Skip to main content

More springs and shabu shabu

"This was the best hotel ever!" said a sad Alex as he trudged away from the Morizuya ryokan. None of us wanted to leave, least of all him.

We had woken up, packed, played trains upstairs for a short while, and returned for the breakfast in our room. Again it was dish after dish. Soup boiled at the table. Disgusting looking pickles and seaweed. Dried fish from the racks outside the fish mongers along the street. More savoury custard. Rice porridge.

I don't mind curry for breakfast, but a traditional Japanese breakfast can be difficult for a westerner (or a Malaysian) to stomach. It was a real struggle, especially as more food was brought out. I upset the old lady serving us when I accidentally dropped a bowl of soup for dessert on the table, my hands slippery from the oily fish and steaming bowl beneath them. Fortunately, it was cleaned up before it touched the beautiful straw floor.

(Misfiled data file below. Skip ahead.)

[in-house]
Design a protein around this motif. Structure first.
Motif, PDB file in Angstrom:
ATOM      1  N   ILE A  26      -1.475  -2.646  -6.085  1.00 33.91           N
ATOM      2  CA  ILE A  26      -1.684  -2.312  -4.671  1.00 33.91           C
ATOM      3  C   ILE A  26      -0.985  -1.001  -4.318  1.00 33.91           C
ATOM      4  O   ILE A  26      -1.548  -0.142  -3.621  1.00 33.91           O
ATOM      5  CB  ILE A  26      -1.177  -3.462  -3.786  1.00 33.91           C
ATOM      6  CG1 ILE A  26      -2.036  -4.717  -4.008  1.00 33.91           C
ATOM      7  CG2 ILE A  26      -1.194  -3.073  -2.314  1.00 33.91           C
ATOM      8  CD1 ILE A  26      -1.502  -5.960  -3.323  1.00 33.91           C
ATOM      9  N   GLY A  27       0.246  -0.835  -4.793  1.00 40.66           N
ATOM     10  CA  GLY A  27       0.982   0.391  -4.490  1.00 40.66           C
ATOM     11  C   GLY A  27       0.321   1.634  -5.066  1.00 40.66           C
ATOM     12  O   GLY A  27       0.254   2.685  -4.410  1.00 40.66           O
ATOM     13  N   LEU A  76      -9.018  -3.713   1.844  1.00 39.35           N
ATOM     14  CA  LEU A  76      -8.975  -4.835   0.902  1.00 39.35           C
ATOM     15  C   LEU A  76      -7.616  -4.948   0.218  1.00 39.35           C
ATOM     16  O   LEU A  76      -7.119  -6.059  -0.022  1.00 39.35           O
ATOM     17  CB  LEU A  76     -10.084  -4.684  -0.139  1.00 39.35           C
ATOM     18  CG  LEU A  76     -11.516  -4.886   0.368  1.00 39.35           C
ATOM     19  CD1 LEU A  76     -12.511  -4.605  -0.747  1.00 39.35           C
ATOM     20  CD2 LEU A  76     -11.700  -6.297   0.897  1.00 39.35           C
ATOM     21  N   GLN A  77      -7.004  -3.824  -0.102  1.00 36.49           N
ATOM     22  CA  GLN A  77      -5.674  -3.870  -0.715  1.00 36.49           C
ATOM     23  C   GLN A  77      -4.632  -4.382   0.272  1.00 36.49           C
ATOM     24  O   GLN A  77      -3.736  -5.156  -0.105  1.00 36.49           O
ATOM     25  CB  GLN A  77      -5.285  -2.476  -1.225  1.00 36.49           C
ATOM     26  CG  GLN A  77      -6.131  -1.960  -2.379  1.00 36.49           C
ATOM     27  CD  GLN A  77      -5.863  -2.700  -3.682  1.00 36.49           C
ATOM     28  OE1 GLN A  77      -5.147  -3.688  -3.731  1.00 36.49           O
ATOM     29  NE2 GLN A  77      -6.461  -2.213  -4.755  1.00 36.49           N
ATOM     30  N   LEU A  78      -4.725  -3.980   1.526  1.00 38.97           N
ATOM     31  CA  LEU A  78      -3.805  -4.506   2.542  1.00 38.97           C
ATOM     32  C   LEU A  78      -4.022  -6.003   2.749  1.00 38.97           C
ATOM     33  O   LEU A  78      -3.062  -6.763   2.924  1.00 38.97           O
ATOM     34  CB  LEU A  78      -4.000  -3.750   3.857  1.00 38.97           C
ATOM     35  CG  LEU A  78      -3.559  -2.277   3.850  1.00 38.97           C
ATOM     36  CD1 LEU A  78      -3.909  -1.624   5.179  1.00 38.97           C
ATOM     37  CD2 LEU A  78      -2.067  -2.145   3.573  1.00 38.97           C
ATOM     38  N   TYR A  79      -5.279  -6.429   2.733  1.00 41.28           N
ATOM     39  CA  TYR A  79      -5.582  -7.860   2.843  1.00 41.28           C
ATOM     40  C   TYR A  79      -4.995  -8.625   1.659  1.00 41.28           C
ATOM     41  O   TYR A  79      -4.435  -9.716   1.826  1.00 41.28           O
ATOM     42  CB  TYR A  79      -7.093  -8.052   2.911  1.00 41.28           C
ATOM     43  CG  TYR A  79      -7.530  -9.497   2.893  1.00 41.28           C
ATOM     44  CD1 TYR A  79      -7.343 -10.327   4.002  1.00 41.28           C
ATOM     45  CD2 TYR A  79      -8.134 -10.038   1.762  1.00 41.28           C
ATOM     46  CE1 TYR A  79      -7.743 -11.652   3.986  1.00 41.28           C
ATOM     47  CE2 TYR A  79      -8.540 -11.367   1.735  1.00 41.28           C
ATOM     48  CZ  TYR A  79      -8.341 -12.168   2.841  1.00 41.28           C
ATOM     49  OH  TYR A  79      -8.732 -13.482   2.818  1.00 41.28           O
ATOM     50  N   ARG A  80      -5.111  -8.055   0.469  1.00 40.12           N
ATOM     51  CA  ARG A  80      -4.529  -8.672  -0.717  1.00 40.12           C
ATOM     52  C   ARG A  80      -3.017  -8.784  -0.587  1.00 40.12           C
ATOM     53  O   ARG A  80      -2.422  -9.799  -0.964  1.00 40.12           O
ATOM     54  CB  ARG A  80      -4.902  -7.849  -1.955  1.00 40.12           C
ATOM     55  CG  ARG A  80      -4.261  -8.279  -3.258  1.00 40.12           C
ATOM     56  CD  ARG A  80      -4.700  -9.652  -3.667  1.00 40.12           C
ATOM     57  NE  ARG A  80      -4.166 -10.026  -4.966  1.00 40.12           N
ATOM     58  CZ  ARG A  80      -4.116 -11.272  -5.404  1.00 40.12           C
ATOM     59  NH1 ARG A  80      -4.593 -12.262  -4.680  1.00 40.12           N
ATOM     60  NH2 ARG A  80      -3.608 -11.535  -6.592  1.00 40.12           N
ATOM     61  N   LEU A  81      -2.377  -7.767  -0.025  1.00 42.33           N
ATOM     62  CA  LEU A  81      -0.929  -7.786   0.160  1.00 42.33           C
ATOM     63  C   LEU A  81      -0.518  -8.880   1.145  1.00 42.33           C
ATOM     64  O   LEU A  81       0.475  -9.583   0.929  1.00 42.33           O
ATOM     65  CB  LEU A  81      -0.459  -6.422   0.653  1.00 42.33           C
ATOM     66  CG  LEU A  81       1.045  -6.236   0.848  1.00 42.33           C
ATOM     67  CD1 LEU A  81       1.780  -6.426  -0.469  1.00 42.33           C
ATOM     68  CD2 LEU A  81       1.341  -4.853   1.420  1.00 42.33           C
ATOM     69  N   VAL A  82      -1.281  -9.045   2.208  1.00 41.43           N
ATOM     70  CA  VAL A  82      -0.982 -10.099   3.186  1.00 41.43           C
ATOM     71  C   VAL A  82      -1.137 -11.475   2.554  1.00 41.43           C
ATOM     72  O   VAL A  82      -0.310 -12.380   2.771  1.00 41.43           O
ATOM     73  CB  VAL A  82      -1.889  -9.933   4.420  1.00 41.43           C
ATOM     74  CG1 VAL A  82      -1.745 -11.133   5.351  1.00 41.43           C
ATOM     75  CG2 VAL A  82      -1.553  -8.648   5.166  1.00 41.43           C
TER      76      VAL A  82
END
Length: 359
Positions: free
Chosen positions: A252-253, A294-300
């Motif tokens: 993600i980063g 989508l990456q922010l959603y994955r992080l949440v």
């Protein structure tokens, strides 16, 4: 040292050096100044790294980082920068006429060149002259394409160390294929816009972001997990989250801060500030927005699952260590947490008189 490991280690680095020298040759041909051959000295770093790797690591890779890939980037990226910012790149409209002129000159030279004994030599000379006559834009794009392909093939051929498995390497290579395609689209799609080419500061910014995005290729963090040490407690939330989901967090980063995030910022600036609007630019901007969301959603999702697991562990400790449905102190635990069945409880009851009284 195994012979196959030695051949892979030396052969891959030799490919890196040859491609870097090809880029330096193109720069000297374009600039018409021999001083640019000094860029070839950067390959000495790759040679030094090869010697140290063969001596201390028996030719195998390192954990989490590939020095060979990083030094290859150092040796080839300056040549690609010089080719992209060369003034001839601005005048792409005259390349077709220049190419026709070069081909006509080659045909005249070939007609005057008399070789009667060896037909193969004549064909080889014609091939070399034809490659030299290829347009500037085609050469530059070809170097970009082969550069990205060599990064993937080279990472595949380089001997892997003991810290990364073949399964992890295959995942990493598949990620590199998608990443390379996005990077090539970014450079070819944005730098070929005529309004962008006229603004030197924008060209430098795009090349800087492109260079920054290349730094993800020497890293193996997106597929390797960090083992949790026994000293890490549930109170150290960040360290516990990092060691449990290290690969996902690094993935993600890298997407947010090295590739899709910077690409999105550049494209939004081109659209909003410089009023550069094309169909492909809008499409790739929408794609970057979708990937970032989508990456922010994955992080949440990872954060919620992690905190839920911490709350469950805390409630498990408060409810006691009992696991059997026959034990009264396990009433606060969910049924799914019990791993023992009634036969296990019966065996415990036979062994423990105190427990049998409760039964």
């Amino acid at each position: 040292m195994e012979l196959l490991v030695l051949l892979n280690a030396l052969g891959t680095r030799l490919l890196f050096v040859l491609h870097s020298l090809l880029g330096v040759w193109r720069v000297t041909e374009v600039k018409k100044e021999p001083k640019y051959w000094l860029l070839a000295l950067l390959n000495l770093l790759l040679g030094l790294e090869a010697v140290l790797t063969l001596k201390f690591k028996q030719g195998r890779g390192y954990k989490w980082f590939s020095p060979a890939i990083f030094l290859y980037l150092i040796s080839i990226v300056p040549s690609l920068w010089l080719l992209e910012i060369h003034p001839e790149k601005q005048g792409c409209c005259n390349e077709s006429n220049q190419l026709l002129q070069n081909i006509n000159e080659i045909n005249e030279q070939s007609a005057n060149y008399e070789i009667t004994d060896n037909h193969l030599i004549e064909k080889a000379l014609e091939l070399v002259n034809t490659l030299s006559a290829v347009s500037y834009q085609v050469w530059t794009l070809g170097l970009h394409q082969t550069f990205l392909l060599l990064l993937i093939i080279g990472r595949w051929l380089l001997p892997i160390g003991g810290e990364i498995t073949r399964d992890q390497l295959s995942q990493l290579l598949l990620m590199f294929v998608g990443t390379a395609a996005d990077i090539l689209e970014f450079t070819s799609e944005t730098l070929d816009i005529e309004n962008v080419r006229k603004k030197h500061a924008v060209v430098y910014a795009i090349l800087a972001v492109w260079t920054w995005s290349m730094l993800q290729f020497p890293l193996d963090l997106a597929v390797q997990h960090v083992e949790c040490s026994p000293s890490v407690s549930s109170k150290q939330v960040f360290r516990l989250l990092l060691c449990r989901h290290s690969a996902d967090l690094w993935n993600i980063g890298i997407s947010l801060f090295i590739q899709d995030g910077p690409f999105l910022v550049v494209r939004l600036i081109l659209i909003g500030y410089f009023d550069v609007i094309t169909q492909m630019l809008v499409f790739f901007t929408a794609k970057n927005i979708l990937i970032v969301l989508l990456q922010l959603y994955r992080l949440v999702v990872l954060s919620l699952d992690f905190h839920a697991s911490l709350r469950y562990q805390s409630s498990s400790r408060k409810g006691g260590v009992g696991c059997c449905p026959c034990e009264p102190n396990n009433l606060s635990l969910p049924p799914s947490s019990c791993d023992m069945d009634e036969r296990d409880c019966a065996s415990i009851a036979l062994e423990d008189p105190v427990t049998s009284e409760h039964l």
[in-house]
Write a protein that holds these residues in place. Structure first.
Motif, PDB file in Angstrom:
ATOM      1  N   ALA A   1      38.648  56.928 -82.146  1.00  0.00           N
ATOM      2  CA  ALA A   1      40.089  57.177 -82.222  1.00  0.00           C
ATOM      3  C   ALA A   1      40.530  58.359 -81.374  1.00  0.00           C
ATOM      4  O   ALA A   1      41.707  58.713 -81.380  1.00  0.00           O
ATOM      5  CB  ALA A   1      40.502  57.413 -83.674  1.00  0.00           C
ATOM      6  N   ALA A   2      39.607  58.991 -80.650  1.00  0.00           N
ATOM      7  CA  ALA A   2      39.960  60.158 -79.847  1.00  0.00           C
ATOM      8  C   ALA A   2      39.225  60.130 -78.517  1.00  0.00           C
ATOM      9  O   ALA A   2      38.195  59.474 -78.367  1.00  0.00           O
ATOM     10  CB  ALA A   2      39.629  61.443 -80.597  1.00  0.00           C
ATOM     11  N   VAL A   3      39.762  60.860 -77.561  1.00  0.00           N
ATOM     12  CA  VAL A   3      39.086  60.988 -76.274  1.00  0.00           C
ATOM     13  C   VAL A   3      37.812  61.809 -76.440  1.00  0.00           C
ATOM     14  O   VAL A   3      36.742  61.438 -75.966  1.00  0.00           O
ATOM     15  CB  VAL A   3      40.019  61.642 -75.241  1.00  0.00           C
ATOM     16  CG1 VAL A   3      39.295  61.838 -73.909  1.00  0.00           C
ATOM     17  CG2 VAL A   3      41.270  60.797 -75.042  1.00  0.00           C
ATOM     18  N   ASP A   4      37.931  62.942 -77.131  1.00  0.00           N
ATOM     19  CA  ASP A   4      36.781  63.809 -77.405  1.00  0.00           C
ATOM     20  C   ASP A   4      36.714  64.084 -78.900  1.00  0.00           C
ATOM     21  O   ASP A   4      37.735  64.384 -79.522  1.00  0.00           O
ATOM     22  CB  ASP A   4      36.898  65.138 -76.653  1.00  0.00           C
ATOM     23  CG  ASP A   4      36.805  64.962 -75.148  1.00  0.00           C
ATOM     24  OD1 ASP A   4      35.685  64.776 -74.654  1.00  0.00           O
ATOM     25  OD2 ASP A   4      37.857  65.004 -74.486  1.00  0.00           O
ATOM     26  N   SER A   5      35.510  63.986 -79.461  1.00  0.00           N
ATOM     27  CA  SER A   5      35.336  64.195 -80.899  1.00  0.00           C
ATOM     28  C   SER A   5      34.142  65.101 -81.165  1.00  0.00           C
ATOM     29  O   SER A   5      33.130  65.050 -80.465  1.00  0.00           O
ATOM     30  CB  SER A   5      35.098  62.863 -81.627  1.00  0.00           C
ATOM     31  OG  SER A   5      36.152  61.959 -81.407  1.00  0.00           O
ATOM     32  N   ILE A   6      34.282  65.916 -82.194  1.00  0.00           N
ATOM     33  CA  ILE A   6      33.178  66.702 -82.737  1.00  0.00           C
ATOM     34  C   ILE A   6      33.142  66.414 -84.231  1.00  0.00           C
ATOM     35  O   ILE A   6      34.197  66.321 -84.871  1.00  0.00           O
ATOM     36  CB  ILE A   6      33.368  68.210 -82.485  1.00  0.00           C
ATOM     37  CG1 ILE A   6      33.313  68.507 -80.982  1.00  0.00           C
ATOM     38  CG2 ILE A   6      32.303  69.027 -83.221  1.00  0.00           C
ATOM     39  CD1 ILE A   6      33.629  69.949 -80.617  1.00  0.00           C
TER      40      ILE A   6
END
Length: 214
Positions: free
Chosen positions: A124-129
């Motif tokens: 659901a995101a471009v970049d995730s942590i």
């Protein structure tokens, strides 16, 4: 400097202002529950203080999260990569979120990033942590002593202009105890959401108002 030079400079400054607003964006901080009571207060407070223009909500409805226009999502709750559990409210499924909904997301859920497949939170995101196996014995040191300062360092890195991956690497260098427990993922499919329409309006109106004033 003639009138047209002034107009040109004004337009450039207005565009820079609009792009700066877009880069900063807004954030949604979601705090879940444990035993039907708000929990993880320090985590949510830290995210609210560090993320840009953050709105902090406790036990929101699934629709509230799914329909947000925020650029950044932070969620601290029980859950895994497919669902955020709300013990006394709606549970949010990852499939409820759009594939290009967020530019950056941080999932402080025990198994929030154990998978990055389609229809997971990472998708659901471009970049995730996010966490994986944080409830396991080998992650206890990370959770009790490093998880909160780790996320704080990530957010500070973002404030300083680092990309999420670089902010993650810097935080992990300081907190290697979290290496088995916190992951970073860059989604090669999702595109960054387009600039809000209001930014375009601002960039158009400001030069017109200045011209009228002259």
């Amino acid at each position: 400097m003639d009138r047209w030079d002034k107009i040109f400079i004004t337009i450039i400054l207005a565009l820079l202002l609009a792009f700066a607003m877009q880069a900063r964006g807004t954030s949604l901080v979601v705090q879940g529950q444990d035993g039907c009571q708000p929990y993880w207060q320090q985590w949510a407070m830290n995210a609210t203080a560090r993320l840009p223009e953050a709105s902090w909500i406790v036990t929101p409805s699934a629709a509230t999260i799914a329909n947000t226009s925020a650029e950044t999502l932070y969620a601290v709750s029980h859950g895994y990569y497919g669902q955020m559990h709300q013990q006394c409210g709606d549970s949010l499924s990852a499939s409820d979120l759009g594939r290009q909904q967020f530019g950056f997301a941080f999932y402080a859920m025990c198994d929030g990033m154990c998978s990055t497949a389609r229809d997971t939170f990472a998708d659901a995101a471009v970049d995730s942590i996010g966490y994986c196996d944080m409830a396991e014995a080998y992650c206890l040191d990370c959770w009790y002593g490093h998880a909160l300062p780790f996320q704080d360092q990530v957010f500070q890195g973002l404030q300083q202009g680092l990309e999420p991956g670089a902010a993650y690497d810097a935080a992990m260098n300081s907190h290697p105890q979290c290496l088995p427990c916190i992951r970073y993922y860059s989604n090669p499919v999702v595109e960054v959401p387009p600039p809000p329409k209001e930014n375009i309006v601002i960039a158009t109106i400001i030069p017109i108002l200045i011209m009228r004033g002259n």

Before the check-out at 10 am there was just enough time for one more bath, at Ichino-yu, right next to the ryokan. The indoor bath was too hot to stay in long, while the outdoor cave bath (a bath under a rocky overhang) was cooler, but crowded. We didn't stay long.

When we checked out Takayuki-san offered to take photos of us in front of the ryokan sign and a couple of other scenic locations. He also drove our luggage to the station, while we had a slow walk, stopping to buy Alex a meat bun for breakfast.

There is a foot bath adjacent to the station. After reserving our seats I had to quickly grab B and a wet and bare footed Alex away from it and race to the opposite platform to catch the Kinosaki Express to Kyoto.

I had left this day free without any planning beforehand. I was going to do it last night, but no internet meant no bookings. As we sat on the train, more modern than yesterday's and with power to the seats, I waited until we were in a phone signal area to generate timetables and search for hotels, while still trying to enjoy the scenery outside.